3- Suicide: who to blame?

Suicide: who to blame? (A personal view)

Saxby Pridmore

Professor of Psychiatry, University of Tasmania, Australia

Corresponding author: Prof S Pridmore, Email: s.pridmore@utas.edu.au

Key words: suicide; murder, blame

Received: 16/11/2018; Accepted: 27/11/2018

Abstract

Background: When suicide (inevitably) occurs, clinicians who have attempted to assist the deceased are often blamed.

Aim: To develop and present concepts to help in the blaming process.

Conclusion: Four types of triggers are described: severe mental disorder, mild-moderate mental disorder, non-mental disorder triggers with which non-clinician may be helpful, and non-mental disorder triggers with which non-clinicians can offer little. An analogy is drawn with murder. People with severe mental disorders who kill themselves may not be responsible for their actions, and clinicians may be responsible for patient protection. However, for mild-moderate mental disorder the patient is responsible for his/her actions, and clinicians are neither responsible nor blameworthy. The same applies to non-mental disorder trigger events.

Introduction

Suicide is a common cause of death – the world rate is 11.4 per 100 000 population per year (WH0 2014). The rates in different countries are widely different – the Philippines has a rate of around 0.5/100 000 and Lithuania has a rate of around 42/100 000. These differences have been sustained for more than half a century (Ka-yuet, 2009) – proving that cultural factors greatly influence the occurrence of suicide.

Ignorance of the nature of suicide has clinicians unjustly criticised (Friedman et al, 2018), sometimes leading to premature retirements. In private practice, the management of risk (of being sued) has led to nurse counselling services being discontinued.

When suicide occurs clinicians often find themselves blamed. Blame is deserved when there is responsibility for a fault or wrong. Here we present facts to assist in a better standard of blaming.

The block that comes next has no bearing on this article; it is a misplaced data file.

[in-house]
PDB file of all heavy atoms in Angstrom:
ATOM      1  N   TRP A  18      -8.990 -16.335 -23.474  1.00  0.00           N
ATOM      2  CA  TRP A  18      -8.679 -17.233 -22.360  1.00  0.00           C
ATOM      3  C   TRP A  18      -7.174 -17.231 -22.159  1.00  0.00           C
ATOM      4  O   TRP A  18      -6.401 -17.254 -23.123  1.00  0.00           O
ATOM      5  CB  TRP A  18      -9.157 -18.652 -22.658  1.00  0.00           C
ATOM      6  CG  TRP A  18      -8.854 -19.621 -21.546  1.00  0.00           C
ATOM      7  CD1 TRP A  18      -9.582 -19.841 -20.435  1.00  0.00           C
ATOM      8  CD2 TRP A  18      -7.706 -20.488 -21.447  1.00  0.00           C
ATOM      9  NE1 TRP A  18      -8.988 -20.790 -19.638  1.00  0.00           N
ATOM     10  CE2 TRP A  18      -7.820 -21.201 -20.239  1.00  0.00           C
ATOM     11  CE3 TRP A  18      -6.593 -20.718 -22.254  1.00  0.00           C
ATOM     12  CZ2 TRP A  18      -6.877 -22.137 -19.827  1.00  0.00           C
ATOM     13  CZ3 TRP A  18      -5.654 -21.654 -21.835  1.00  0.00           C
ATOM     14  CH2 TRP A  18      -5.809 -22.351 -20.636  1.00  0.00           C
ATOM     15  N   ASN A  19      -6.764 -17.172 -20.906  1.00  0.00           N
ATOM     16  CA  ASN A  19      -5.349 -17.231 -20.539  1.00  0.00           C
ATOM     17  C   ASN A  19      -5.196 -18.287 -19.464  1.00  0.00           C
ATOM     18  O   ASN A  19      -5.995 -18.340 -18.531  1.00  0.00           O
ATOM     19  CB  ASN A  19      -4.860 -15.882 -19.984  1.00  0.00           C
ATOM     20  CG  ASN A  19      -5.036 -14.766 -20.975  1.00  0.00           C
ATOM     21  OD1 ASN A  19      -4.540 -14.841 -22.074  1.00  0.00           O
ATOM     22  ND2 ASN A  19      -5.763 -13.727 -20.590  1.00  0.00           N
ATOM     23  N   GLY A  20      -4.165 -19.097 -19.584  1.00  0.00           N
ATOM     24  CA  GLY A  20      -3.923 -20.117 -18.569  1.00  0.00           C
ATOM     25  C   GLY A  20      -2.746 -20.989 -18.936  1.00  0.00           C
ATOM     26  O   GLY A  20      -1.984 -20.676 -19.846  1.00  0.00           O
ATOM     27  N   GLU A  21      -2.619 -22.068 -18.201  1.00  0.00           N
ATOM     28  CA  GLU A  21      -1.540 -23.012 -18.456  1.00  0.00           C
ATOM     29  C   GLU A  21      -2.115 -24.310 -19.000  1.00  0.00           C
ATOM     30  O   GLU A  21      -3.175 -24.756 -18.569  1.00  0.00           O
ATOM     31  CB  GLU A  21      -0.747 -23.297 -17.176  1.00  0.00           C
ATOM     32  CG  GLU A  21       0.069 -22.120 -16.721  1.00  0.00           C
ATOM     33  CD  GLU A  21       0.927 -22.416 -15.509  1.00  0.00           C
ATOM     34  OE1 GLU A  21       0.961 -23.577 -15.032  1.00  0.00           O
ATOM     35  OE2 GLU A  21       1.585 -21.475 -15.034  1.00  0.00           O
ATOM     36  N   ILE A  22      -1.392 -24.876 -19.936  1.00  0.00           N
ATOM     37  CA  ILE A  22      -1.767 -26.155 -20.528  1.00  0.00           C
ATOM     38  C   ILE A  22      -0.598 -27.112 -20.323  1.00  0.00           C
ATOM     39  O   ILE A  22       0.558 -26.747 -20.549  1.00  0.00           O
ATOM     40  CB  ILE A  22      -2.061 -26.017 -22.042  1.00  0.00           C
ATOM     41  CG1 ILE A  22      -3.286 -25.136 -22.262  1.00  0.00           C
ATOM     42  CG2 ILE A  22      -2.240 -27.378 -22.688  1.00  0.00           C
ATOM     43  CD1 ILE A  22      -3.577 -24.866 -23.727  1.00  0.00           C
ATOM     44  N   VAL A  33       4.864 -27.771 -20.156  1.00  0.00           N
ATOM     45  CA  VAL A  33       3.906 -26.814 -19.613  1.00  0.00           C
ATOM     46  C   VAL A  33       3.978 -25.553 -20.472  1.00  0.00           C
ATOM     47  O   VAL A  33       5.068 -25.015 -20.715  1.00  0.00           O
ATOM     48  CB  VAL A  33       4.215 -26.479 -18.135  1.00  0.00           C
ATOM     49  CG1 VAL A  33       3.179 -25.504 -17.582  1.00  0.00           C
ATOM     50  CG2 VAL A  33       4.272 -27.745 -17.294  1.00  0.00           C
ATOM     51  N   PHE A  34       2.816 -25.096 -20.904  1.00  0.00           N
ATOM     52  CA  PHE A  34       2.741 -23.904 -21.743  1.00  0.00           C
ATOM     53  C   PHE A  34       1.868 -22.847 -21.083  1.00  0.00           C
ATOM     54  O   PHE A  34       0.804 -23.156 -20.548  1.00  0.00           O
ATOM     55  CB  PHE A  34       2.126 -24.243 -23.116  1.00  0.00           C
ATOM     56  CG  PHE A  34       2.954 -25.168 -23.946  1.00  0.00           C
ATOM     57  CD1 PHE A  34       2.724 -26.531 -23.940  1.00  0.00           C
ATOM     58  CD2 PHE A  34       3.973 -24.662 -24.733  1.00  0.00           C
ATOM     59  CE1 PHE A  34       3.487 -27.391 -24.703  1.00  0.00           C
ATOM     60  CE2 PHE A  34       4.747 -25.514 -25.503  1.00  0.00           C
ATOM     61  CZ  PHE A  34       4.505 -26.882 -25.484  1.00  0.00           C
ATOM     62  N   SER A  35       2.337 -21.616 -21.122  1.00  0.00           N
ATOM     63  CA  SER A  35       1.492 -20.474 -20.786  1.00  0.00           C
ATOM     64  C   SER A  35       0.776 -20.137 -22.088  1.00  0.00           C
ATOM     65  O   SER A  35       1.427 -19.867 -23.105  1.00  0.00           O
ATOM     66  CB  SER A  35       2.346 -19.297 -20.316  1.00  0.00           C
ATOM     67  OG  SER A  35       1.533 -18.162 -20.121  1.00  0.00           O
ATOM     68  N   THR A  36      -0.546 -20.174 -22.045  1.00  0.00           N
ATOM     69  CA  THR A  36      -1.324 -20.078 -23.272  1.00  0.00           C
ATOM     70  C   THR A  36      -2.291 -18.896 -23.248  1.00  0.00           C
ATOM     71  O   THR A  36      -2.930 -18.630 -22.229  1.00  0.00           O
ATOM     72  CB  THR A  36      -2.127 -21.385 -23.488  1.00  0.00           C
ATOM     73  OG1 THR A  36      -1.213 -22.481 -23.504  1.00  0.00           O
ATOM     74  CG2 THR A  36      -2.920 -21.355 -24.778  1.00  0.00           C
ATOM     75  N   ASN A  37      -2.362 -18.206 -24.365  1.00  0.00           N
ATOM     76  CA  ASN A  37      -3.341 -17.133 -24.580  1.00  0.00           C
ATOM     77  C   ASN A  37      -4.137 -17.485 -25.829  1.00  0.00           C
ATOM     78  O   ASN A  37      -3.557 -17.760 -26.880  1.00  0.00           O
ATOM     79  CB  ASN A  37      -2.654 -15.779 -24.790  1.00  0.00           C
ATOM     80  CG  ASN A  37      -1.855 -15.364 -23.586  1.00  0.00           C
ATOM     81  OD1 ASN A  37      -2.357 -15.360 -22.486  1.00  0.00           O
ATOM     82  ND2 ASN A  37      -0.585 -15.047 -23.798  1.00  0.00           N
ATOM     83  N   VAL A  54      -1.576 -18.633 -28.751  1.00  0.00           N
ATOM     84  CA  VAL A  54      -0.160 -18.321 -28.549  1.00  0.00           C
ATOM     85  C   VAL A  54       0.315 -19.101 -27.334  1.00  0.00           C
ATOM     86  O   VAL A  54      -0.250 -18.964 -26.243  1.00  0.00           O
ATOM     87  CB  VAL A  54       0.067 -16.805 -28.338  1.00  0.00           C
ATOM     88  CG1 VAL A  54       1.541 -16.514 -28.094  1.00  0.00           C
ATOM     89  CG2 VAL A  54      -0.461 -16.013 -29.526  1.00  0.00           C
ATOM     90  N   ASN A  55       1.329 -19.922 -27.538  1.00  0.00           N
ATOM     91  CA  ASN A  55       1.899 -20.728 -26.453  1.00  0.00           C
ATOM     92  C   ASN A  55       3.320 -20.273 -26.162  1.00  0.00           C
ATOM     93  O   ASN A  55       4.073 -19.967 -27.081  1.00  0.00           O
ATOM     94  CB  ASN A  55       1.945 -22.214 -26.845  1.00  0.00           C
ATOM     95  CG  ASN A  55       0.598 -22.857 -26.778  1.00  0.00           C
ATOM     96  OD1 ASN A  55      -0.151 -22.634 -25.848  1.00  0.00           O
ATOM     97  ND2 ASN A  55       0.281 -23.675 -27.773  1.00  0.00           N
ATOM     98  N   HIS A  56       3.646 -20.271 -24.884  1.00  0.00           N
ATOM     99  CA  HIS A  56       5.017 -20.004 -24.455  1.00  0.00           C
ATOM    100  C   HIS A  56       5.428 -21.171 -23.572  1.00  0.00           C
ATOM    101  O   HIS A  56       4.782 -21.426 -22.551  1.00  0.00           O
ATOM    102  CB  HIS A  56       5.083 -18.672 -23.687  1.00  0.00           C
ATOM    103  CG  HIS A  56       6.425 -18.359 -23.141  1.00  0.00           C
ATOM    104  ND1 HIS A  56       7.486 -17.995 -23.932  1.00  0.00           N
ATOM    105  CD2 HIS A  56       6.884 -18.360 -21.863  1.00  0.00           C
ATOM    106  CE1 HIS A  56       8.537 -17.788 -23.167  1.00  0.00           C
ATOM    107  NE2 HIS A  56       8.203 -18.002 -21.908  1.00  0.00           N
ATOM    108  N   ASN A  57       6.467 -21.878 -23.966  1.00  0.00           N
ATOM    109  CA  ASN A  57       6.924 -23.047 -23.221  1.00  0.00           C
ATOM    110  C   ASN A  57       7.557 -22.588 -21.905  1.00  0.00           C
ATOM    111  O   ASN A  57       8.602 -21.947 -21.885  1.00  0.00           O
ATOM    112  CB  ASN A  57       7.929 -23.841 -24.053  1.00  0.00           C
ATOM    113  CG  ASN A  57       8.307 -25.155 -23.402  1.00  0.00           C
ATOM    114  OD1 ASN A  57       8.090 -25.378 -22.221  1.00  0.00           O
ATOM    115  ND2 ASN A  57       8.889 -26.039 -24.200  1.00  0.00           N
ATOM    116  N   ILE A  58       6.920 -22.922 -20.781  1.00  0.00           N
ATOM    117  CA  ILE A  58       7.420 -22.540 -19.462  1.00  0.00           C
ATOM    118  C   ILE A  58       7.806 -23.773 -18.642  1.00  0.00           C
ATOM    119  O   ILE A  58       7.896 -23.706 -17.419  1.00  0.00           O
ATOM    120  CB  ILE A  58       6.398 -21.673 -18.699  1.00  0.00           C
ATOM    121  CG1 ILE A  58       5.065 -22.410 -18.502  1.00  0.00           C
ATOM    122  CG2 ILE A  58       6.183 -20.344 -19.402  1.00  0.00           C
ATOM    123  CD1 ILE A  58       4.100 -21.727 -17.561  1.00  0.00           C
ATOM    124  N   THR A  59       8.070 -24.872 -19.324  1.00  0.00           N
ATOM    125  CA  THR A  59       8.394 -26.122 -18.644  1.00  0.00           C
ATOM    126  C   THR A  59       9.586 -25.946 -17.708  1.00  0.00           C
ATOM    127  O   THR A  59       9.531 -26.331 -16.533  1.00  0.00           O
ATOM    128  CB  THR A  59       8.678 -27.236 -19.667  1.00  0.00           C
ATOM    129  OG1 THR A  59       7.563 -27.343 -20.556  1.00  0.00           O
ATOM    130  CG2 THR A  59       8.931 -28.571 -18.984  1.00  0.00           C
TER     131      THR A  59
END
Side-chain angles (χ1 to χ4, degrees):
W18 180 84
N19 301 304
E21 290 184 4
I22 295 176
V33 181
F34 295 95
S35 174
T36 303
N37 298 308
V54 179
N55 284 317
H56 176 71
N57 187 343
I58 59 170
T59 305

Triggers of suicide

Suicide is the result of “deep unhappiness but not necessarily mental disorder” (WHO, 2014). “Mental pain” as the core clinical factor of suicide was described in 1993 (Schneidman) and has been confirmed “even in the absence of a diagnosed mental disorder” (Verrocchio et al, 2016).

The triggers of suicide may be categorized:

  1. Severe mental illness featuring severe symptoms (including mental pain)
  2. Moderate and mild mental illness featuring less severe symptoms
  3. Non-mental illness problems for which others may be able to provide much help
  4. Non-mental illness problems for which others are not able to provide much help.

In severe mental illness (particularly of the depressive type) the individual may have delusions of guilt (for example, incorrect that he/she was responsible for the death of his/her parents). The individual may experience hallucinations (possibly accusatory or urging suicide), and the thinking processes may be so slowed down that logical conclusions cannot be reached. The individual may experience sadness so painful that the drive to suicide (to end this experience) cannot be resisted.

In moderate and mild mental illness, hallucinations and delusions are absent. There may be low self-esteem, sadness and some (but not irresistible) drive to suicide.

Non-mental illness problems for which others may be able to provide much help are common – for example, a person whose house burns down will be distressed and in the immediate aftermath may think life is not worth living – but may be comforted by friends and family and even given financial assistance by one or more charity.

Non-medical illness problems for which others may not be able to provide much help are not uncommon – for example, a person who has been convicted of many heinous crimes and is incarcerated may refuse to live in prison (such as Dr Harold Shipman, general practitioner multi-murderer).

Responsibility

Responsible is defined as being answerable or accountable for something within one’s power, or control. In the event of suicide, three levels of responsibility can be identified

  1. Responsibility for performing the act of killing – suicide and murder are acts – in suicide the killer is killed, in murder another person is killed
  2. Responsibility for preventing the act of killing
  3. Responsibility as a member of the social group/culture – each has a tiny role in shaping the culture (which involves customary responses to events).

If a person has “committed” suicide – he/she has succeeded in the act of killing him/herself. Compare this event with murder.

The killer is responsible for the act of killing. But, from a moral/legal perspective, a killer may be “not legally responsible”. A soldier who kills another soldier during war, or a civilian who kills an attacker in self-defence, is not responsible for murder.

A civilian with a mental disorder who kills another person may be not guilty of murder on the grounds of insanity. The insanity defence requires the killer to suffering a mental impairment (disorder) and also, to meet at least one of the following criteria: